Dr Schläppy says by changing the way that marine organisms growing on offshore structures were considered, and by updating previous models, these changes could lead to huge savings in time and energy for offshore renewables as well as the oil and gas industry.
“We found that the fluffier the marine growth, the more it contributed to stabilising the pipe or cable and drastically reduced the intensity of vortex-shedding, which is the phenomena that causes vortex-induced vibrations that can rapidly cause pipe fatigue failure,” Mr Griffiths says.
Nino Fogliani, Development Manager New Business, says the OceanWorks collaboration brings together marine biologists, engineers and researchers in a way that enables communication and sharing of ideas.
Surfers aren’t the only ones who check out waves.
Understanding the ocean environment is a key to ensuring the safety, integrity and operability of our drilling campaigns.
One of the successes of FutureLab is the collaboration of UWA’s Professor Ian Milne and Senior Metocean Engineer Matthew Zed on improving the predictability of vessel responses to unpredictable ocean conditions.
They are part of a team behind a tool that has delivered significant improvements to the safety, integrity and operability of drilling campaigns.
Known as the Vessel Operability Planning Software (VOPS), it can determine the motion of a vessel directly from a full description of the ocean wave environment.
It’s a step change in the quality of information available to support decision-making which has seen rapid uptake of the tool in drilling campaign scheduling, rig selection, mooring optimisation and aviation.
“VOPS is a great demonstration of seamlessly commercialising the value from Woodside’s research investment through effective software development processes, enabling us to plan drilling operations with more confidence than ever before,” explains James Whelan, Senior Naval Architect and Woodside’s subject matter expert (SME) for vessel hydrodynamics.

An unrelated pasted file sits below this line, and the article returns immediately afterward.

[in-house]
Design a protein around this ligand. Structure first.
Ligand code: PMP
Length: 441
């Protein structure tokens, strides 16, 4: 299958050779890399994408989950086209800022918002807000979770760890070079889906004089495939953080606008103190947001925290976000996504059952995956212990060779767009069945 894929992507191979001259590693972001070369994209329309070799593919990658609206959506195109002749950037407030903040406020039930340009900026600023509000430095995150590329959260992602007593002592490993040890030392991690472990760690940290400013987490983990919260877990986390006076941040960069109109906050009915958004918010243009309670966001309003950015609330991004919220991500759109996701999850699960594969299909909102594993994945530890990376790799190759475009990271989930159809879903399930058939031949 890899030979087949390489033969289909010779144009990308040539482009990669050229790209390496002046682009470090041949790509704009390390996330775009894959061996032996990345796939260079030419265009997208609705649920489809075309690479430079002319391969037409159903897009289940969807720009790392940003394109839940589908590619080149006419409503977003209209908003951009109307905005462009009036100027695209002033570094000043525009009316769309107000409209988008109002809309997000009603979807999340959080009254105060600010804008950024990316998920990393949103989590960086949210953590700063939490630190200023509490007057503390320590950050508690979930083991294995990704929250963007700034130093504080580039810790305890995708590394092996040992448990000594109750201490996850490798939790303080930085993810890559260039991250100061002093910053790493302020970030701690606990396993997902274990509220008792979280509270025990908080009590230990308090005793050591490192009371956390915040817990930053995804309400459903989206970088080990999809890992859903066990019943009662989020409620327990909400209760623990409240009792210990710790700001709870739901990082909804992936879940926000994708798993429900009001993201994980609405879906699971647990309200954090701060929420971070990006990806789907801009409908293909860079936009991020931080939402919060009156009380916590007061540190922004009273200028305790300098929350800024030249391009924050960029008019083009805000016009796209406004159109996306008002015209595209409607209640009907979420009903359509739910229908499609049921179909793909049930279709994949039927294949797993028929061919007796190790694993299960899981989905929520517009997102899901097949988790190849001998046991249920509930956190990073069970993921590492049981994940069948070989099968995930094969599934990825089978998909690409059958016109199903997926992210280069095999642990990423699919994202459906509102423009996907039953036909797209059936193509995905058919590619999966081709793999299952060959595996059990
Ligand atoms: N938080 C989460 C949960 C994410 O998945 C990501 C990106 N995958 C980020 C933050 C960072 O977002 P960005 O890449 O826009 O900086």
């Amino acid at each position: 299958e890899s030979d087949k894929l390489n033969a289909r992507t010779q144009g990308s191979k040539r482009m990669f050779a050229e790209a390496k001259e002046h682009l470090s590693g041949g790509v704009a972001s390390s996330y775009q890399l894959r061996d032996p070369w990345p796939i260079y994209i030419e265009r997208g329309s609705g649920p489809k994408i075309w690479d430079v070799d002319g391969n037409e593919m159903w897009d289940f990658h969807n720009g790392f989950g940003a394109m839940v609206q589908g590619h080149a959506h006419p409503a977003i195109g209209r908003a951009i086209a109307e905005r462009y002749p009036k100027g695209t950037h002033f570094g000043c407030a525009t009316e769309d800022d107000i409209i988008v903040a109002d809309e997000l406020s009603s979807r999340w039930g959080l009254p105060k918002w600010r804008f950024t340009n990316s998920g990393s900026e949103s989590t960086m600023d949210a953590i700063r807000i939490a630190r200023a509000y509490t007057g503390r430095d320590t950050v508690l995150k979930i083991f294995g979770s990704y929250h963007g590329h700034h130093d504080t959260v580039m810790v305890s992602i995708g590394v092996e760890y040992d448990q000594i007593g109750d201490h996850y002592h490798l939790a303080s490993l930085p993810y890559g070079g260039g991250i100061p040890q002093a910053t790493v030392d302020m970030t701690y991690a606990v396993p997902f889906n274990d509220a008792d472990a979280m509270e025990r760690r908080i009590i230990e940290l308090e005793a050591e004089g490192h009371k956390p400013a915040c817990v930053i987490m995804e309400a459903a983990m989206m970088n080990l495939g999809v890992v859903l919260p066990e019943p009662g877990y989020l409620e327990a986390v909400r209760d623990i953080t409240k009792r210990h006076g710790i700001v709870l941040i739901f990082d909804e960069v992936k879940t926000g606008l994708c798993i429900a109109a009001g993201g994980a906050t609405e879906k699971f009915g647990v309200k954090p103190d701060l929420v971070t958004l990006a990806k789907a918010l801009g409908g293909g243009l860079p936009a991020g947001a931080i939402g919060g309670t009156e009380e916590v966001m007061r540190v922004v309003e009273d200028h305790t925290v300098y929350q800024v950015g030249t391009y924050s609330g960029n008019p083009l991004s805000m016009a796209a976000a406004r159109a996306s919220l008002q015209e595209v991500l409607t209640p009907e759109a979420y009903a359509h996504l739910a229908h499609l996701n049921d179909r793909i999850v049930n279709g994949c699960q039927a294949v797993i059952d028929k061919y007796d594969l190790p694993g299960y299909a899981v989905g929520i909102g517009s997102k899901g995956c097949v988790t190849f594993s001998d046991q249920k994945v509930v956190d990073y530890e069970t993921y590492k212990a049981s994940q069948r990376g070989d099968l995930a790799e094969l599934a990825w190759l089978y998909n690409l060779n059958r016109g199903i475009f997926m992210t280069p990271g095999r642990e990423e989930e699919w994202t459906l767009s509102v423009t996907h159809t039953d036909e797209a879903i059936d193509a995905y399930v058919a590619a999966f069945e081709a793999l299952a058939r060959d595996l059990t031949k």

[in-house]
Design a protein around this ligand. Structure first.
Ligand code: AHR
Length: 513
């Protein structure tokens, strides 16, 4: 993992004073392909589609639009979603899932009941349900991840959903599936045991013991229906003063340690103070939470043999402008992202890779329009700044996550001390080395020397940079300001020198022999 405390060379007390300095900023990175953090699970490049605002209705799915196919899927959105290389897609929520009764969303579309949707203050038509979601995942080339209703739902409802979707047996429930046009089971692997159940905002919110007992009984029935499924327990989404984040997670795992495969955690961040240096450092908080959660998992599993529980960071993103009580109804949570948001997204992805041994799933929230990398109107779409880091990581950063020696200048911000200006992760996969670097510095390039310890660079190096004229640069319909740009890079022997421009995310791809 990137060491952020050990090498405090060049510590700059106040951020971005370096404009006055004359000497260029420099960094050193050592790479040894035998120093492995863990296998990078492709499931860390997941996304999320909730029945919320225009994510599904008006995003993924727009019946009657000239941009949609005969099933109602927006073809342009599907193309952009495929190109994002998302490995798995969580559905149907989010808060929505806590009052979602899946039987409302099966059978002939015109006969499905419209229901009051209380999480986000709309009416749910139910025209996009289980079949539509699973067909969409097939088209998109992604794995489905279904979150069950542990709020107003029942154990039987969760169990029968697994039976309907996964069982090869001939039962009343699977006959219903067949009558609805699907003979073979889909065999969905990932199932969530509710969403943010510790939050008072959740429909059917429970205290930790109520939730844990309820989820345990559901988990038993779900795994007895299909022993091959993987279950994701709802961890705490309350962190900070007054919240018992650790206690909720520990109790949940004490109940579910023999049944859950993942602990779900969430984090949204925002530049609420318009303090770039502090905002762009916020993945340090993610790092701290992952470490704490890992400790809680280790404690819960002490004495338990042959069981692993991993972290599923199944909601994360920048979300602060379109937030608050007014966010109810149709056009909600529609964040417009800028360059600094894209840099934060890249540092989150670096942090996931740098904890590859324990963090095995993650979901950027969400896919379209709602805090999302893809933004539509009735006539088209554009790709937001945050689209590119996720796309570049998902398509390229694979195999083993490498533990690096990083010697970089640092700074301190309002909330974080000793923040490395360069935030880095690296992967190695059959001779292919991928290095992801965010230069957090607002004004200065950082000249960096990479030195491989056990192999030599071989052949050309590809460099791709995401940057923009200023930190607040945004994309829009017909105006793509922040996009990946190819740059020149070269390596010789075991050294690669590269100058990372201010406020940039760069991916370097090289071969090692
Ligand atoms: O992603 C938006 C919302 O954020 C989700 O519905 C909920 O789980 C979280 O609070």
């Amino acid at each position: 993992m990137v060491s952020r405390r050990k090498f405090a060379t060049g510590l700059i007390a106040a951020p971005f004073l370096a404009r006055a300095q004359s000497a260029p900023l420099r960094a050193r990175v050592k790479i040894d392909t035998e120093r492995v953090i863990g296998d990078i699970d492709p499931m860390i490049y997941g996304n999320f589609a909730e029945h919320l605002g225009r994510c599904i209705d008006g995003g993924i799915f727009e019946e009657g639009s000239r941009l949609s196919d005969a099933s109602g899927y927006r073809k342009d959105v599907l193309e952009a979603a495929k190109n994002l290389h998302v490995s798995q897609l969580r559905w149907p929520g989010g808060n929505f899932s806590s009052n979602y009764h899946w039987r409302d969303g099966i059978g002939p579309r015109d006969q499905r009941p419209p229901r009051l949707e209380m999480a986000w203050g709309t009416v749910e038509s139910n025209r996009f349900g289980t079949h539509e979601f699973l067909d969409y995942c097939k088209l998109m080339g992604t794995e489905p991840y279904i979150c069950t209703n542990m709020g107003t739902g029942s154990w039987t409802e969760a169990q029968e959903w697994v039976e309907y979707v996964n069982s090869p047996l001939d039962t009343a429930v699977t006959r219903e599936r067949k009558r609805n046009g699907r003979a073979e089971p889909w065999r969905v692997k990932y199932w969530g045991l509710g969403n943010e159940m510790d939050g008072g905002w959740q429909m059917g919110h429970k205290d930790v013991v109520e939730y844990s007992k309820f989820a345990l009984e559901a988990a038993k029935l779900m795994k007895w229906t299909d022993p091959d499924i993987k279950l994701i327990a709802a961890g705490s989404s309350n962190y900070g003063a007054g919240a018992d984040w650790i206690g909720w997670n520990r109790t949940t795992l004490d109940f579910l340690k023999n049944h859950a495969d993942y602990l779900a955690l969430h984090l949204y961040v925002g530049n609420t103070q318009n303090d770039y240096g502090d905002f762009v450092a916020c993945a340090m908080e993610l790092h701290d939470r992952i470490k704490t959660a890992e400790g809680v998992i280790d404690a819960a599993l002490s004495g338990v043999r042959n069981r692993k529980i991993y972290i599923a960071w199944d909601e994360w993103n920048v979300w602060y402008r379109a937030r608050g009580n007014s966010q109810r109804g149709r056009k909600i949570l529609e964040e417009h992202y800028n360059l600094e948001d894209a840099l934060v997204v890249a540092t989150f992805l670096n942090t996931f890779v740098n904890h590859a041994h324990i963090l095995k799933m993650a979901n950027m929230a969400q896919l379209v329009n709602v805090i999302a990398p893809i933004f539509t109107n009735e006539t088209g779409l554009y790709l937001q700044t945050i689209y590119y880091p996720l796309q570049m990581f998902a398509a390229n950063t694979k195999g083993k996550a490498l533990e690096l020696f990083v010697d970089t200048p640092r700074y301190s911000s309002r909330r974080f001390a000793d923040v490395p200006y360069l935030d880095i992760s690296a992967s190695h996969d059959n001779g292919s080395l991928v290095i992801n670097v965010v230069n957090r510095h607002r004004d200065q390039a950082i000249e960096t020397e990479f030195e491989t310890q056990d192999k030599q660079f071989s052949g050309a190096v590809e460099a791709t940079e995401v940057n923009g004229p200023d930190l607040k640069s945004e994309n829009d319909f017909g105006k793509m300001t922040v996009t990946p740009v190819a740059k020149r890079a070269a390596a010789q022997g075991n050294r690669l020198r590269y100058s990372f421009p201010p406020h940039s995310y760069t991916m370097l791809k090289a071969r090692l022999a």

Matthew adds: “VOPS delivers big improvements on the engineering methods previously employed.
“The result is safer and more reliable operational planning and it has been instrumental in realising significant savings to both schedule and rig configuration costs across our campaigns.
“It allows us to prepare for inclement weather and has now become a standard operational guidance tool for use in drilling campaigns globally.”
VOPS was developed in less than three months including one of the first full-scale validations against high-quality measurements from a drillship in the open ocean.
Professor Milne says the results were reviewed by industry and independent academic experts through presentations at the Offshore Technology Conference in 2018 and publication in Ocean Engineering in 2019.
“The next phase of the UWA FutureLab initiative, known as TIDE (Transforming energy Infrastructure through Digital Engineering), has targeted VOPS as a platform for continuous improvement for us to move forward over the five-year program,” he says.